January 24th, 2005


Blop, blop, pschit, plouf!

I spent a sunny Sunday walking around Hakodate recording sound with a couple of students. They had a video camera and were mostly videoing me. I had my little Fuji F601 digicam and was recording the buzz of generators in the market, the bubble of crab tanks, the rattle of toy trains at Hakodate station, the ghostly swoosh of cars passing on the elevated highway, the spongey slop of water at the docks.

The sound on my students' video camera was 44.1kHz stereo, whereas the sound on my little Fuji is 8-bit mono. So a rather absurd situation unfolded; the students documented, in gorgeous hi-fi, me recording sounds in crappy lo-fi. My recordings will be full of wind noise and scuzzy digital artifacts, theirs will be as beautiful and nuanced as these two fabulous recordings on Arte Radio, which you absolutely must listen to right away:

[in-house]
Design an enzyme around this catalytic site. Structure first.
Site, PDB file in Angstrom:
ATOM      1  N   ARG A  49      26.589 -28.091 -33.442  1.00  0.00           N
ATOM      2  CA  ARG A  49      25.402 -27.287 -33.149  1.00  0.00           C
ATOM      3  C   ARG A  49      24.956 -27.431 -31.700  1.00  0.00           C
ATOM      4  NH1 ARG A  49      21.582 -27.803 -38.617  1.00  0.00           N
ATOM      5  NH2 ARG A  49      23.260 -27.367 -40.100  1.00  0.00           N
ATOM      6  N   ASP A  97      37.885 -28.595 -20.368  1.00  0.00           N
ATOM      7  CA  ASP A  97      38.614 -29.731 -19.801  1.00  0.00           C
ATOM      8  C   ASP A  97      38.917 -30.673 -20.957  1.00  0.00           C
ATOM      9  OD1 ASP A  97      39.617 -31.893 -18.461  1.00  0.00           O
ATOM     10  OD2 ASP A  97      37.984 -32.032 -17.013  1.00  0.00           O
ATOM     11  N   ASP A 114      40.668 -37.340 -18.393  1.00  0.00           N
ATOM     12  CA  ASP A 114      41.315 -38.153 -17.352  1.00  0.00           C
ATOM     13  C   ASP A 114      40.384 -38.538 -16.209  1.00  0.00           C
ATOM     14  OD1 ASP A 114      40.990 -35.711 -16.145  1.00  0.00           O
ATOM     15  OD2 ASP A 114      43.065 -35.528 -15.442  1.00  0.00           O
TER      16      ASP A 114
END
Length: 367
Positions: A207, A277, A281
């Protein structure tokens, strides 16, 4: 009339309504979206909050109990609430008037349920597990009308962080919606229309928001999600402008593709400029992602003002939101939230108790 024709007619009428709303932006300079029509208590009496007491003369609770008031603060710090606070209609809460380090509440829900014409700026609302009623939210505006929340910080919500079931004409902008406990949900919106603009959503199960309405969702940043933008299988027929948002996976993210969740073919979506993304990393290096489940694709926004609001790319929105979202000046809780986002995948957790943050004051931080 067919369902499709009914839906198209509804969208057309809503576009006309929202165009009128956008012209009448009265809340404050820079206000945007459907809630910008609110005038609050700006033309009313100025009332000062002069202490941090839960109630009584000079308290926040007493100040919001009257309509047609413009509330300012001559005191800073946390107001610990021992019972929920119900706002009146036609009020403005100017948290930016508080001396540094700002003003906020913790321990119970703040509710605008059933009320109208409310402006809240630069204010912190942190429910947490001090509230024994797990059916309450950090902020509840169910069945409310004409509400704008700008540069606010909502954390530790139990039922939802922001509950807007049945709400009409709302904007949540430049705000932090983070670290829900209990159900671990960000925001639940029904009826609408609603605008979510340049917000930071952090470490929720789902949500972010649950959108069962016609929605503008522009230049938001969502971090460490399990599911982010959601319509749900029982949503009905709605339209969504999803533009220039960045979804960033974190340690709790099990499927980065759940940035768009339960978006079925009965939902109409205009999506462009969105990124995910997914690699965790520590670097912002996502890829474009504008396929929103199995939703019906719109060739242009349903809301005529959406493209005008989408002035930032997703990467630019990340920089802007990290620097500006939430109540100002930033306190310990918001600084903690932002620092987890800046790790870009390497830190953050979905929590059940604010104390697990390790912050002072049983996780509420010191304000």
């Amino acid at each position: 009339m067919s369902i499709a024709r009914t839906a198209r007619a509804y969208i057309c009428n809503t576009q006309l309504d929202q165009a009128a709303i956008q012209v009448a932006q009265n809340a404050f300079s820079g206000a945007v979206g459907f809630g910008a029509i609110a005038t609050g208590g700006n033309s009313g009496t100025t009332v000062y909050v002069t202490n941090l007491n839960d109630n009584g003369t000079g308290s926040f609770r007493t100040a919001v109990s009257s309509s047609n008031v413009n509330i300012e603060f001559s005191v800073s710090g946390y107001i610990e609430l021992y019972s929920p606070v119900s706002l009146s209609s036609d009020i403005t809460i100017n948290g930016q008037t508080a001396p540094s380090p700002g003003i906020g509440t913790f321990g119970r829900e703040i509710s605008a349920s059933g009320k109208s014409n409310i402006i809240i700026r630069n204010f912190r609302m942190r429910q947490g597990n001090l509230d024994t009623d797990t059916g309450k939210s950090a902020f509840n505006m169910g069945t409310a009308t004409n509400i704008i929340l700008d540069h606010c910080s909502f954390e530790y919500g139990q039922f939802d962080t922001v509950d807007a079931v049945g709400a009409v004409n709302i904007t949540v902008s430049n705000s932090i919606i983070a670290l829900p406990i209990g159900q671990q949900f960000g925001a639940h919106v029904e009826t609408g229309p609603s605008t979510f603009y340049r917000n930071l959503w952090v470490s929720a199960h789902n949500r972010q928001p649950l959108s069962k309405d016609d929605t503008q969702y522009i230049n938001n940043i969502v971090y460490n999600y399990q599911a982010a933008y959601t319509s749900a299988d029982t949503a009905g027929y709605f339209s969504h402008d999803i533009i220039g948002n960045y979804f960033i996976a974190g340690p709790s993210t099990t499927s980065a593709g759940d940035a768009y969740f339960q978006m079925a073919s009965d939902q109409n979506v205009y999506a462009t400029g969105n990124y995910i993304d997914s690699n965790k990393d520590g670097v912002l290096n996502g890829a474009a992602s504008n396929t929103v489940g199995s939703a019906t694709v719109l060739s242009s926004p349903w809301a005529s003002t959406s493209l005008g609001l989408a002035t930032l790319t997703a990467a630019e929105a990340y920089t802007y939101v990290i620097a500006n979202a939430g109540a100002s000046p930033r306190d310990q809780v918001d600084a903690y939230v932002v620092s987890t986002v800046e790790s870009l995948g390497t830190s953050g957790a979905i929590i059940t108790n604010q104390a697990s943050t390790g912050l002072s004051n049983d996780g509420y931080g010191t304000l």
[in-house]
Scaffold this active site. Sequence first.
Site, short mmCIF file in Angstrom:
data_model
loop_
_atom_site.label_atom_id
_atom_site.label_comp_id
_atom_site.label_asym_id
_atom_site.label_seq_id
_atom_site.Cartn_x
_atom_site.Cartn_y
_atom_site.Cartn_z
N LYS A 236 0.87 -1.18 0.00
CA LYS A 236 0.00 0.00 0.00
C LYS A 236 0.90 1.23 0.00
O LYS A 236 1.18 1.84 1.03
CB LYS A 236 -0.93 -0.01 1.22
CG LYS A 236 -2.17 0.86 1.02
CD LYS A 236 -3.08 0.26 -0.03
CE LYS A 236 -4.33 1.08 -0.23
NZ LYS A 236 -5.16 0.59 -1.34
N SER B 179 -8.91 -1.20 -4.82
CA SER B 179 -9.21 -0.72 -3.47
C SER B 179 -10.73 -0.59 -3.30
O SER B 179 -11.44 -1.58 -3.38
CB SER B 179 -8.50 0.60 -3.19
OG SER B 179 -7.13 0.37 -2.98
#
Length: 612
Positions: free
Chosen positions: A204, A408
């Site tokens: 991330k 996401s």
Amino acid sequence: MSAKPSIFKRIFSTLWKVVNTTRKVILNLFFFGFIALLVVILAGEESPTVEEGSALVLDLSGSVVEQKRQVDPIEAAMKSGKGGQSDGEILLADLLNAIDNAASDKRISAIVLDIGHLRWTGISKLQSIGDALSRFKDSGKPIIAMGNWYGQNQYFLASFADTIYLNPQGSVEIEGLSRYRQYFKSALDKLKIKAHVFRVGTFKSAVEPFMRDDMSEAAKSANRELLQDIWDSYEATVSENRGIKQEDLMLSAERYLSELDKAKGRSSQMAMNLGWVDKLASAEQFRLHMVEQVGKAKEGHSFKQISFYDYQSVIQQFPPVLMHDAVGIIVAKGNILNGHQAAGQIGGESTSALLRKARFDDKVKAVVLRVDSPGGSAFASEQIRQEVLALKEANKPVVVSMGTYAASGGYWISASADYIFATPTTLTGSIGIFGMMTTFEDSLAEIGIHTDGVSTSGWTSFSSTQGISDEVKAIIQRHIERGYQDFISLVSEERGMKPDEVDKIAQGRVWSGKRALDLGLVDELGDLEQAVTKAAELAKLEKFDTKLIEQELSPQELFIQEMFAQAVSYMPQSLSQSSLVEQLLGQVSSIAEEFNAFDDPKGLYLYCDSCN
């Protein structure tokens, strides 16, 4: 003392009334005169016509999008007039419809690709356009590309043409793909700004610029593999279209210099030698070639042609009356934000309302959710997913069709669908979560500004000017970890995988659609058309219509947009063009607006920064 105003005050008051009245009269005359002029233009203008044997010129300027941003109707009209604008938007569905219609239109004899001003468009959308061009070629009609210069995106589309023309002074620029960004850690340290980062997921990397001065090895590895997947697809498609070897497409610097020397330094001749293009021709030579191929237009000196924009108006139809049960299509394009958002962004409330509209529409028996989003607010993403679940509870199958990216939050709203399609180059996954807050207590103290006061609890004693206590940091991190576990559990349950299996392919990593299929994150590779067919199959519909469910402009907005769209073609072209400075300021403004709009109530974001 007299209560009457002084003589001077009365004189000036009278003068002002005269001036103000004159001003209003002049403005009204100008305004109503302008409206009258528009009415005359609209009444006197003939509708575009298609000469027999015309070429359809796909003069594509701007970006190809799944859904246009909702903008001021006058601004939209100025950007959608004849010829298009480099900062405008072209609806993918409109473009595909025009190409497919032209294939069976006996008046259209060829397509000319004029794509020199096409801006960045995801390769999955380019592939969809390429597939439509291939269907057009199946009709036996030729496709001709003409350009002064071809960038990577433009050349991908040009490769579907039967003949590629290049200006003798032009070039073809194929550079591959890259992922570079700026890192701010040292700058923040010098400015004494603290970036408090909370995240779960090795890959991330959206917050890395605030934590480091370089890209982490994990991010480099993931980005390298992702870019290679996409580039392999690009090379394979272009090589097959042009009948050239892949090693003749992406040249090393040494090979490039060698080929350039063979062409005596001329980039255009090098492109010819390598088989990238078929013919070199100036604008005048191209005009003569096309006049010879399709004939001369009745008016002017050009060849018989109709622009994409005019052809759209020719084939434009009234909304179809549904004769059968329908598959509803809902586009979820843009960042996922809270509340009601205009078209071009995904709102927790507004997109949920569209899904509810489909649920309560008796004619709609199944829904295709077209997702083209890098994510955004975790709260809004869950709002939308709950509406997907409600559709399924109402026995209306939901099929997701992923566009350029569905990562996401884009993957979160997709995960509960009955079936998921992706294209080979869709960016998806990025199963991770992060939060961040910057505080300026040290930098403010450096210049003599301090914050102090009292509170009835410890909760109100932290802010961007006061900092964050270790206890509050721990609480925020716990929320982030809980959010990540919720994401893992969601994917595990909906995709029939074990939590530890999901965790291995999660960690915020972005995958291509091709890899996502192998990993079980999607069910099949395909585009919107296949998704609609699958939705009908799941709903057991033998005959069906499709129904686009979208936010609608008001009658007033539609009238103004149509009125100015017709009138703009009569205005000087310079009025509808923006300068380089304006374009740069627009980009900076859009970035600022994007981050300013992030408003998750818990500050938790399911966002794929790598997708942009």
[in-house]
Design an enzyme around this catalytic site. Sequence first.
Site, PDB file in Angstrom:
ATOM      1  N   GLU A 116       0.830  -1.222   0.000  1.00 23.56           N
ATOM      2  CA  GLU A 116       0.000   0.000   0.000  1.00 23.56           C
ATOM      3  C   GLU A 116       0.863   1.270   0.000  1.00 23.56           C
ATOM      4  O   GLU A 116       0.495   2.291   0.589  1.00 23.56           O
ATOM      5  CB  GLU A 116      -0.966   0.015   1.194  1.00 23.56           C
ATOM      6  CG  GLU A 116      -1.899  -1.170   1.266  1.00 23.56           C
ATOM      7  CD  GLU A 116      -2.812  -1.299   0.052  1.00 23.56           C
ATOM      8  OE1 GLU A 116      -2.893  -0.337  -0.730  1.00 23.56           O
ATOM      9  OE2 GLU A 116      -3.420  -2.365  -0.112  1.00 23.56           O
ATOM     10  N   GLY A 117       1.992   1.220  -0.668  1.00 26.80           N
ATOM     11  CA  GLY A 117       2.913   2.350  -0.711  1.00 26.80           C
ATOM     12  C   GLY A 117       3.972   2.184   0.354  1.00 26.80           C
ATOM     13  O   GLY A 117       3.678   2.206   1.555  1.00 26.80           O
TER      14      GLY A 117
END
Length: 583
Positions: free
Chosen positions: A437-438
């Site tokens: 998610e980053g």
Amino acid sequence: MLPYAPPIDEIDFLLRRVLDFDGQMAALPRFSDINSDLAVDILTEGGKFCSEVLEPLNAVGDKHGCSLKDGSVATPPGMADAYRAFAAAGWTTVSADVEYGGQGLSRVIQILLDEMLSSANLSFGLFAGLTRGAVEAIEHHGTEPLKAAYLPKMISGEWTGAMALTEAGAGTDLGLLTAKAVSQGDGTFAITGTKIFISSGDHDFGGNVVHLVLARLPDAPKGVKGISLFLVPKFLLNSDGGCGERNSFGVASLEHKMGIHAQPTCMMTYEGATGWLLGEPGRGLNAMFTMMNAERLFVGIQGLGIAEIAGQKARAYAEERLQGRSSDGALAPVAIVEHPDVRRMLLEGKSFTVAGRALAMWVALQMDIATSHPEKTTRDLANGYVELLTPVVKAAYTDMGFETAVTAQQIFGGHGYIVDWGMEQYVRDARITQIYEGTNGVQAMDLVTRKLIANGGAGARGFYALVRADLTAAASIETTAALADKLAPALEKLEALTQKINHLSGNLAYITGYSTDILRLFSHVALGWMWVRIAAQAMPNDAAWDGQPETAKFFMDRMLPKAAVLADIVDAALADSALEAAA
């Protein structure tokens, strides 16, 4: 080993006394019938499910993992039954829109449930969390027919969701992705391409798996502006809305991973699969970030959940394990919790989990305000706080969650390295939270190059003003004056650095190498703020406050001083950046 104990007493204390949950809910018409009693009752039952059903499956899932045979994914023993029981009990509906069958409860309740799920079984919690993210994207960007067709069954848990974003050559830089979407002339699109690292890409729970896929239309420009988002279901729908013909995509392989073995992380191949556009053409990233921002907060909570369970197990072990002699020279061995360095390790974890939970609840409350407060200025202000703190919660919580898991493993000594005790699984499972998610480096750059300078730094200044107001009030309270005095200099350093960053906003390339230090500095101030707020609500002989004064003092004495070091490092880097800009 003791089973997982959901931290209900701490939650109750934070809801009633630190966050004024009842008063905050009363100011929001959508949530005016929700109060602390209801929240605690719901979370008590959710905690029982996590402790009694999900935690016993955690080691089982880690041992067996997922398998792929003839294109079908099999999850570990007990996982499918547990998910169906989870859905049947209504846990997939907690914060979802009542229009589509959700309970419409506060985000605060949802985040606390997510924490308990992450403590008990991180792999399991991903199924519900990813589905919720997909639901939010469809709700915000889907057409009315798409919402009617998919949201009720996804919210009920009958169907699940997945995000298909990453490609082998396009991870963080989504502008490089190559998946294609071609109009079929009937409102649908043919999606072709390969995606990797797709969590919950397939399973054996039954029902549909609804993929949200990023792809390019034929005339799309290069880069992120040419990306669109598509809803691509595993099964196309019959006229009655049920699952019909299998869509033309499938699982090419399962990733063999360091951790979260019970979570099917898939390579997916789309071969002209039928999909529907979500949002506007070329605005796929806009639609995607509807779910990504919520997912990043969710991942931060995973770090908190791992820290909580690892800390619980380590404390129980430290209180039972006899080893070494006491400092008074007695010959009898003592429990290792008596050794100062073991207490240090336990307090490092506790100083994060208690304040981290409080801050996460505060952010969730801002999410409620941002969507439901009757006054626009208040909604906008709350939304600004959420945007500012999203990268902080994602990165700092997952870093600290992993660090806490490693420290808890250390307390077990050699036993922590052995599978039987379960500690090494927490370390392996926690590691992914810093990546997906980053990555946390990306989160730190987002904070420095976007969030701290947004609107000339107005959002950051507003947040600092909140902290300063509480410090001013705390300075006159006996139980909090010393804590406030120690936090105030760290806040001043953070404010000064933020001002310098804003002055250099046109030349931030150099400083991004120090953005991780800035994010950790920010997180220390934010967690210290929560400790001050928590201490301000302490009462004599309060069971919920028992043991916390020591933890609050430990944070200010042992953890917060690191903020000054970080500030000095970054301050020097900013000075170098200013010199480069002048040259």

1. Geyser ("Blop, blop, pschit, plouf" -- the sound of a geyser in Iceland).

2. Appels de Tanger (a city, Tangier, Morocco, in full cry).

Hopefully I'll soon be making recordings as lovely and faithful as these. I've just ordered a new camera, a Sony Cybershot M1. It'll be delivered from Tokyo in a couple of days.

The Cybershot M1 is a very new camera, just released last month. It's a hybrid of a video camera and a still camera. There are stereo microphones and, thanks to MPEG4 compression and Sony's Pro Duo memory card, you can store almost an hour's worth of 30 fps video with stereo sound. I'm hoping the sound is in 44.1kHz format -- digicam makers never, ever seem to tell you their cameras' sound sampling rates, even in the technical small print. The lens is a bit slow, but the camera is sure to be an improvement on my ailing Fuji, which currently only takes photos if I give it a good slap. Don't tell me I've made the wrong choice please; I've already paid $564.44 of my Future University lecture fees towards the gadget. (That's considerably cheaper than the US price, and word is that the camera won't be released in Europe at all.)